Covid-19 has put a spotlight on the folly of our economic system, which is dependent on people buying things that they don't need, and spending money that they may not have. We have far too many cafes and restaurants and far too many retail shops. But somehow we have to keep this merry-go-round running in order to keep the economy going.
For many people Covid-19 has been great for their personal bank balances, but we are constantly exhorted to go out and spend for the sake of the economy.
It is time for a re-think and re-balance of business and economic priorities.
Jennifer Jones, Devonport.
Is anyone else getting tired of the endless spending promises? The fact that politicians believe this will sway voters shows how out of touch they are.
Please give us strategy, not empty promises. How are we going to stimulate the economy without burdening our children and grandchildren with debt?
How are we going to create a fair tax system that rewards effort while creating opportunities for those that are struggling?
How are we going to encourage private sector rental housing to relieve the current pressure on the State?
Don't give us numbers - give us proof that you can deliver.
Eric Wolters, Tauranga.
I was shocked and dismayed to hear SummerFruit NZ is finding it so difficult to get people to come and pick fruit for both the export and domestic market.
Now more than ever we need to pull together as a country and help our economic recovery in whatever way we can.
In my view we have not seen the beginning of the real Covid economic fallout yet and it is high time that people contributed to our economy rather than just having their hands out.
Yes, it may require a relocation for a short to medium time but work is work and a dollar is a dollar – when did we become so soft as a nation that we would rather be on the dole than work to help our way out of this economic chasm?
If anyone wants evidence of how hard a Depression can be look no further than the book The Boys in the Boat – a true story of unbelievable grit, determination and resilience to put food on the table and pay the rent during the Depression of the 1920s and 1930s.
Overall, we have been very fortunate in New Zealand but the time has come to "ask not what our country can do for us, but what we can do for our country".
Robyn Brown, Mt Albert.
Dover Samuels calls for a Crown apology "to all those beaten by the state for speaking their reo and to later generations also impacted".
There was no legislation that required children who spoke Maori to be beaten. The 1867 Native Schools Act stated that instruction in schools would be in English "where practical".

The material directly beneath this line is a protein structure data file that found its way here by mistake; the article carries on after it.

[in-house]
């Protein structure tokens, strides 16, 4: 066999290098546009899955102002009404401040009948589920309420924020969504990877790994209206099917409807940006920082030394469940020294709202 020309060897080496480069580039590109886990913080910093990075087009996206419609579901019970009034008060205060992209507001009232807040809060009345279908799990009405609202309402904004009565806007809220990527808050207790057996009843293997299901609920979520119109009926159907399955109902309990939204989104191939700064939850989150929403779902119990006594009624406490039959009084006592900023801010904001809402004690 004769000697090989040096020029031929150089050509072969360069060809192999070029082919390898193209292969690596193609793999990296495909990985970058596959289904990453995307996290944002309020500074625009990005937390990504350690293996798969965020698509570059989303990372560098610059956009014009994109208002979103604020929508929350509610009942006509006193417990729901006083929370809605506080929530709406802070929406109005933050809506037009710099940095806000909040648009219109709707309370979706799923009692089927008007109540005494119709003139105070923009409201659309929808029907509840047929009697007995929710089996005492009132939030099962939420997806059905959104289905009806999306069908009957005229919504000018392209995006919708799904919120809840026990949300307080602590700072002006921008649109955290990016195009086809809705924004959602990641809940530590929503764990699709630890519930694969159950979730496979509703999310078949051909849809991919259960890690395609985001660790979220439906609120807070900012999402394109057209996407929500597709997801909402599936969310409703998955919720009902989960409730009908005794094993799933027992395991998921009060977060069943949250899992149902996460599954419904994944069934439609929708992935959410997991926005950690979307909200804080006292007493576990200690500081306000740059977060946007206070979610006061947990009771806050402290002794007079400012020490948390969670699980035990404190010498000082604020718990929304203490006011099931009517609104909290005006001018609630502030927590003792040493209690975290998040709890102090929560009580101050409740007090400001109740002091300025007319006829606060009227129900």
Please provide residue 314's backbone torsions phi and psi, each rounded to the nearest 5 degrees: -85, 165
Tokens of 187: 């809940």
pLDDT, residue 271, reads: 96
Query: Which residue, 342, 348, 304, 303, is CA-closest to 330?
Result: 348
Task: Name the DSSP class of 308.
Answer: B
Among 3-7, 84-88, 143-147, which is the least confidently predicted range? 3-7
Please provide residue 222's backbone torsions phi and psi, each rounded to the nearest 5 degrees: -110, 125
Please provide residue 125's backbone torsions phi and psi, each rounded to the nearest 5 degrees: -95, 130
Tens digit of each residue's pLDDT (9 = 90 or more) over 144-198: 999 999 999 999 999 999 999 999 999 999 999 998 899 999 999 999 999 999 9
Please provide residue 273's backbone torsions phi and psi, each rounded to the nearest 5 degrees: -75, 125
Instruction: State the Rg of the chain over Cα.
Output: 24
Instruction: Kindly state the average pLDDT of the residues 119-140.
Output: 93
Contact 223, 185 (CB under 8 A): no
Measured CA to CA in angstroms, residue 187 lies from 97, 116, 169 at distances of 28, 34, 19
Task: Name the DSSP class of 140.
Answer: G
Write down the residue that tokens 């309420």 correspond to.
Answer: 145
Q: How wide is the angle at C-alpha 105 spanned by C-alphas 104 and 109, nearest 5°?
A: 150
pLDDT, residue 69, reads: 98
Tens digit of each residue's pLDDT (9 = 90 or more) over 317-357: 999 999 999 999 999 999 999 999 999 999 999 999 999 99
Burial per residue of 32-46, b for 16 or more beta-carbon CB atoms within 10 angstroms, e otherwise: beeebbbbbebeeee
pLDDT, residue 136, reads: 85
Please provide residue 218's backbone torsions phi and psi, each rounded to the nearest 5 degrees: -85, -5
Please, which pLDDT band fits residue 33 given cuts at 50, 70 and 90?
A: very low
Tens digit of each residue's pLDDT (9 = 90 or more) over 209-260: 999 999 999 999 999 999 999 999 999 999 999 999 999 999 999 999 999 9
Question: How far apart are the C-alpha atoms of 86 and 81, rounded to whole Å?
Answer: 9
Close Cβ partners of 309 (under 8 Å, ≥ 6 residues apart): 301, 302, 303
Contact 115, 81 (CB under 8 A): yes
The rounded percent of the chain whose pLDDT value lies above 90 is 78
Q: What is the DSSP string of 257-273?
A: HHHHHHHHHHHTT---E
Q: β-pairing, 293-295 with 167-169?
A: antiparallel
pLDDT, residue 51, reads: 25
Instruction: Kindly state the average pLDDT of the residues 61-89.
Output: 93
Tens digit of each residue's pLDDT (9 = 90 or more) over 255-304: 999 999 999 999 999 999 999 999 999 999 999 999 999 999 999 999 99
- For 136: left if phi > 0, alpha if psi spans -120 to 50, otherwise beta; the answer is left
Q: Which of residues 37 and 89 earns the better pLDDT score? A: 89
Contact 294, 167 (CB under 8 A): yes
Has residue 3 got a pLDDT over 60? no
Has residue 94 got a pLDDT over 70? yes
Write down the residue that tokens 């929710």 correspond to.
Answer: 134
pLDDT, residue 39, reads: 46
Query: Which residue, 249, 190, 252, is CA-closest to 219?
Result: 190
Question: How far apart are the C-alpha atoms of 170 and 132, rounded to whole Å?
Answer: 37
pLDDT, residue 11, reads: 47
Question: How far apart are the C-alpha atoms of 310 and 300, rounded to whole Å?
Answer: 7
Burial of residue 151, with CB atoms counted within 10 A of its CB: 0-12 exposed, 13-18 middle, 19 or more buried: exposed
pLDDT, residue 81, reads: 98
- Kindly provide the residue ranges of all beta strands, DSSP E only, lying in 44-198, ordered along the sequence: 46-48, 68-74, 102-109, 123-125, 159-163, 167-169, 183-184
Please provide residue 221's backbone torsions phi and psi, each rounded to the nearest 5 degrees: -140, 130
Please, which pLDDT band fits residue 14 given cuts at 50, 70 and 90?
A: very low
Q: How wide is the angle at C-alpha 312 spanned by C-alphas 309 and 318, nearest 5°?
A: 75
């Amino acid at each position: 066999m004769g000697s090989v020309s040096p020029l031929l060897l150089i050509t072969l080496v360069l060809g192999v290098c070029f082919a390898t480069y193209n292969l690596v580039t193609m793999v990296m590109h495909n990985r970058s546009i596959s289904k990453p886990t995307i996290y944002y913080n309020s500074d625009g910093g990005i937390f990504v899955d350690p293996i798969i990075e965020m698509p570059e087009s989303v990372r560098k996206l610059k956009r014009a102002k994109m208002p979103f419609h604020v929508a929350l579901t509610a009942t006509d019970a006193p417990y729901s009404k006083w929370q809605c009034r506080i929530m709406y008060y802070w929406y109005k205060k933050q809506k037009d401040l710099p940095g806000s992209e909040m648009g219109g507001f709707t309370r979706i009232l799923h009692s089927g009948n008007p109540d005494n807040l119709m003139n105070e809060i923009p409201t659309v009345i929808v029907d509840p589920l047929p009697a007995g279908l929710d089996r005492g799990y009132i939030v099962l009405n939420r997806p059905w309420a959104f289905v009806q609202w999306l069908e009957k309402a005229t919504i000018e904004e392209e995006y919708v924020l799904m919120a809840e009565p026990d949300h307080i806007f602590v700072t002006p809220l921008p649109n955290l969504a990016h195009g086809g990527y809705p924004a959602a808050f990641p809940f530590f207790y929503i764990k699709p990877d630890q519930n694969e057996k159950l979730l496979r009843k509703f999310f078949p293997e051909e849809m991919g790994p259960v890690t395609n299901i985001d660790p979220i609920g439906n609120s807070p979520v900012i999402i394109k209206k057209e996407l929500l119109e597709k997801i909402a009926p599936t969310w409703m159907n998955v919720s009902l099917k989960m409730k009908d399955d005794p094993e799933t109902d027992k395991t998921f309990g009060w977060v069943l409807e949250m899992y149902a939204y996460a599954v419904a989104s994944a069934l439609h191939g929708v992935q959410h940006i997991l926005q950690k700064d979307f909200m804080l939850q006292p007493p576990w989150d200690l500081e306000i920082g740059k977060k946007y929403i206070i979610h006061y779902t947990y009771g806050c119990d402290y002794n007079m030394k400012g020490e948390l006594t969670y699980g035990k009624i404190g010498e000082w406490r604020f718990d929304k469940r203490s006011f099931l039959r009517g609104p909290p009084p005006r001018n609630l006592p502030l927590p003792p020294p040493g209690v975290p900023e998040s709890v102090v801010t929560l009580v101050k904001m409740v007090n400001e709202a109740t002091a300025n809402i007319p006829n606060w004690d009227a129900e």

In their book A Civilising Mission , Judith Simon and Linda Tuhiwai Smith point out that in the 1870s prominent Māori wanted to place a greater emphasis on the teaching of English in schools. Māori MP Takamoana sought legislation to ensure Māori children were taught only in English and a number of petitions along the same lines were also taken to Parliament by Māori.
It was not the school system but mass urbanisation after 1945 that brought the Māori language to its knees in the 1970s.
While it is acknowledged that many Maori children were punished at school for speaking Maori, in those days all children could be severely punished for minor misdemeanours. I remember being strapped for talking in class. Boys were regularly caned.
As L. P. Hartley said in The Go-Between , "the past is a foreign country: they do things differently there".
Annette Perjanik, Mt Roskill.
The other day my hydrometer measured 35 per cent humidity in the open air, which is very low for this time of the year.
There has been very little rain lately and this is probably because of the influence of climate change and made worse by the extensive bush fires in Australia.
The Auckland district is now very dry and, in a few weeks' time, we are going to have Guy Fawkes celebrations.
Bonfires and fireworks could cause major problems, and this could further jeopardise the adequate supply of drinking water in the months to come.
Gerrit Stolte, Ōrewa.
Some are suggesting that New Zealand be called Aotearoa and that all of towns and cities should be given Māori names. I believe there is a better answer.
Canada has two major nationalities, especially in the eastern provinces, French and English. Although originally enemies, they eventually agreed to have two official languages as do we.
As we already have English and Māori as our official written languages, could we not move to having all cities and towns named in both languages?
Isn't this a sensible and fair way to acknowledge two cultures, two languages, two histories and the contribution both make?